IGF2-tagging of GAA promotes full correction of murine Pompe disease at a clinically relevant dosage of lentiviral gene therapy

Qiushi Liang, Fabio Catalano, Eva C. Vlaar, Joon M. Pijnenburg, Merel Stok, Yvette van Helsdingen, Arnold G. Vulto, Ans T. van der Ploeg, Niek P. van Til, W. W.M.Pim Pijnappel*

*Corresponding author for this work

Research output: Contribution to journalArticleAcademicpeer-review

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Pompe disease is caused by deficiency of acid α-glucosidase (GAA), resulting in glycogen accumulation in various tissues, including cardiac and skeletal muscles and the central nervous system (CNS). Enzyme replacement therapy (ERT) improves cardiac, motor, and respiratory functions but is limited by poor cellular uptake and its inability to cross the blood-brain barrier. Previously, we showed that hematopoietic stem cell (HSPC)-mediated lentiviral gene therapy (LVGT) with codon-optimized GAA (LV-GAAco) caused glycogen reduction in heart, skeletal muscles, and partially in the brain at high vector copy number (VCN). Here, we fused insulin-like growth factor 2 (IGF2) to a codon-optimized version of GAA (LV-IGF2.GAAco) to improve cellular uptake by the cation-independent mannose 6-phosphate/IGF2 (CI-M6P/IGF2) receptor. In contrast to LV-GAAco, LV-IGF2.GAAco was able to completely normalize glycogen levels, pathology, and impaired autophagy at a clinically relevant VCN of 3 in heart and skeletal muscles. LV-IGF2.GAAco was particularly effective in treating the CNS, as normalization of glycogen levels and neuroinflammation was achieved at a VCN between 0.5 and 3, doses at which LV-GAAco was largely ineffective. These results identify IGF2.GAA as a candidate transgene for future clinical development of HSPC-LVGT for Pompe disease.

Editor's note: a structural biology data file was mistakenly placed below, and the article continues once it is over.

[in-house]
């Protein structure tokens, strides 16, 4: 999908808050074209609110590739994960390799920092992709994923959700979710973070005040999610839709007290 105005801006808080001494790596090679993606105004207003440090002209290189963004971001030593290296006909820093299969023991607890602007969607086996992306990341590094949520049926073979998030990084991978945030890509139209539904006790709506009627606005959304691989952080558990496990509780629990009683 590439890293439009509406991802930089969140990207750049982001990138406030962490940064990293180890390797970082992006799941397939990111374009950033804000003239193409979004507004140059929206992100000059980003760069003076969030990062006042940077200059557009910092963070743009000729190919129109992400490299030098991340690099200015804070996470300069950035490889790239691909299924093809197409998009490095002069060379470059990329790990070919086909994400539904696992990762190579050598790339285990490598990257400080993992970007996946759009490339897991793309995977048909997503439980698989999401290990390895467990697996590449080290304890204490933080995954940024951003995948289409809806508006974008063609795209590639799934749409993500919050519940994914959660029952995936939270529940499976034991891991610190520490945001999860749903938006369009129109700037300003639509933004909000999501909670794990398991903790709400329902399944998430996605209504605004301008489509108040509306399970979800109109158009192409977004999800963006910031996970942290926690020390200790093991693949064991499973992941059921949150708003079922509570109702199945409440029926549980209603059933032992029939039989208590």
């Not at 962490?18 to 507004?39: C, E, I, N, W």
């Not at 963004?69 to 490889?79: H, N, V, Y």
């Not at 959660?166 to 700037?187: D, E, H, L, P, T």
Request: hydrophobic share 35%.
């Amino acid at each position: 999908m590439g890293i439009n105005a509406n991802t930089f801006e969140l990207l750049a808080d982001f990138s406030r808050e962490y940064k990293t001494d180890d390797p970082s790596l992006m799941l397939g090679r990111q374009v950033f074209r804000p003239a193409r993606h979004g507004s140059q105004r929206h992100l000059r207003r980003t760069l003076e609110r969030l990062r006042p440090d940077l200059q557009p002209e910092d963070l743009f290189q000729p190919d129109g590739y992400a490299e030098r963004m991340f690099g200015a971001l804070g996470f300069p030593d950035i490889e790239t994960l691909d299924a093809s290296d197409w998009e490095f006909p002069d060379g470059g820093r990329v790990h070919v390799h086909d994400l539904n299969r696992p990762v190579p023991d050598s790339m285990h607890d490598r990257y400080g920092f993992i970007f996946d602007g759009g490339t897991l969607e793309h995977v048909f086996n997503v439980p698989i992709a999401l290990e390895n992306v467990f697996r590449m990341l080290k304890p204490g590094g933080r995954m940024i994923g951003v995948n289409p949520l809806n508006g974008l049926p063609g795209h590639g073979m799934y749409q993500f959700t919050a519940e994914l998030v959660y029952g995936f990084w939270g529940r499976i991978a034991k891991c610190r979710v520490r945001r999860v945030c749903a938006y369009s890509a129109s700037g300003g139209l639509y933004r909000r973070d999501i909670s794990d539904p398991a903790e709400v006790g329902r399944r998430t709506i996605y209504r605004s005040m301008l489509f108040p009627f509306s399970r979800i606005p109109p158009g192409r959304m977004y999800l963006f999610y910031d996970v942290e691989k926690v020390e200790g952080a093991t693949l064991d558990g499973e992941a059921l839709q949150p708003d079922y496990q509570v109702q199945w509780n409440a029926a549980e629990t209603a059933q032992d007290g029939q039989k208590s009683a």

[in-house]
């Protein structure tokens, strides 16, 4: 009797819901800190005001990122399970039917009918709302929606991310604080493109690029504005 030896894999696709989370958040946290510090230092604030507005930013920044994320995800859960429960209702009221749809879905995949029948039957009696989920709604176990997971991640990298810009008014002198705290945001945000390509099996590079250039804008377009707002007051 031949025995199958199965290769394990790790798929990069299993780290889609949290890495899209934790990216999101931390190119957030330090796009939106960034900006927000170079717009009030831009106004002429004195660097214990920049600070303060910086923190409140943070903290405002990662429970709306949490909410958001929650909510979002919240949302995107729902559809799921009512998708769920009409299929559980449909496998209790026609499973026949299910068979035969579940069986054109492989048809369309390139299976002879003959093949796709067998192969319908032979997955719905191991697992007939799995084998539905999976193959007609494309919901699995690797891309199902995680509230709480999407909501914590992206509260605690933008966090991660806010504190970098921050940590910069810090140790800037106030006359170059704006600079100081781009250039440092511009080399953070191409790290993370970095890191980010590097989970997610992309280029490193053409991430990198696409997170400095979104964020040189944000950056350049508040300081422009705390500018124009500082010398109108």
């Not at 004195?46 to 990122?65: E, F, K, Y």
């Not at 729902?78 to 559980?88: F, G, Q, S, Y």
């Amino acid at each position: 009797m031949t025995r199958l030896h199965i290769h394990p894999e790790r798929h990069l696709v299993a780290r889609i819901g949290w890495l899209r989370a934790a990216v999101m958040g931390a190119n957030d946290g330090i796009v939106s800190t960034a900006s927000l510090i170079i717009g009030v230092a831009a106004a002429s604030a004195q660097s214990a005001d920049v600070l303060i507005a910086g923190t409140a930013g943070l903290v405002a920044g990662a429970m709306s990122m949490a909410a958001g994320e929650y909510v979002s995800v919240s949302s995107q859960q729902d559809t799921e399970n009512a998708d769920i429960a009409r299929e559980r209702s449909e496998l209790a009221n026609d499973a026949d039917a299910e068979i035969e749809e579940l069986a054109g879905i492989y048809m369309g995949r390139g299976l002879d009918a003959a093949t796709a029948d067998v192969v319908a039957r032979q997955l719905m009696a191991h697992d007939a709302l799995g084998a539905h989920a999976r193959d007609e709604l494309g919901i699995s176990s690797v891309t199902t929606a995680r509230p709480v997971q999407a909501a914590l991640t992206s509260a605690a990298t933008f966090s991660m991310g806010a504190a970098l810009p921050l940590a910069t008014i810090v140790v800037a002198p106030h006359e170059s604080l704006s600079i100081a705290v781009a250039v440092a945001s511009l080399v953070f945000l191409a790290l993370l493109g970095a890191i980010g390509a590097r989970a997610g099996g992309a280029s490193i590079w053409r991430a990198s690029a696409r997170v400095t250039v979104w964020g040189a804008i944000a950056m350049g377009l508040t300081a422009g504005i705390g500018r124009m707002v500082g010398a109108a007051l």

Original languageEnglish
Pages (from-to)109-130
Number of pages22
JournalMolecular Therapy - Methods and Clinical Development
Publication statusPublished - 8 Dec 2022

Bibliographical note

G. Wagemaker was involved in the concept of the study. This work was supported by the China Scholarship Council (to Q.L., file no.
201206240040), the Netherlands Organization for Health Research ZonMw (project number: 40-40300-98-07010), the Sophia Foundation (grant S18-59), Metakids (grant 2018-083), the Prinses Beatrix Spierfonds (grant W.OP20-04), and the Finding a Cure for Hunter Disease Foundation.

Publisher Copyright: © 2022 The Author(s)


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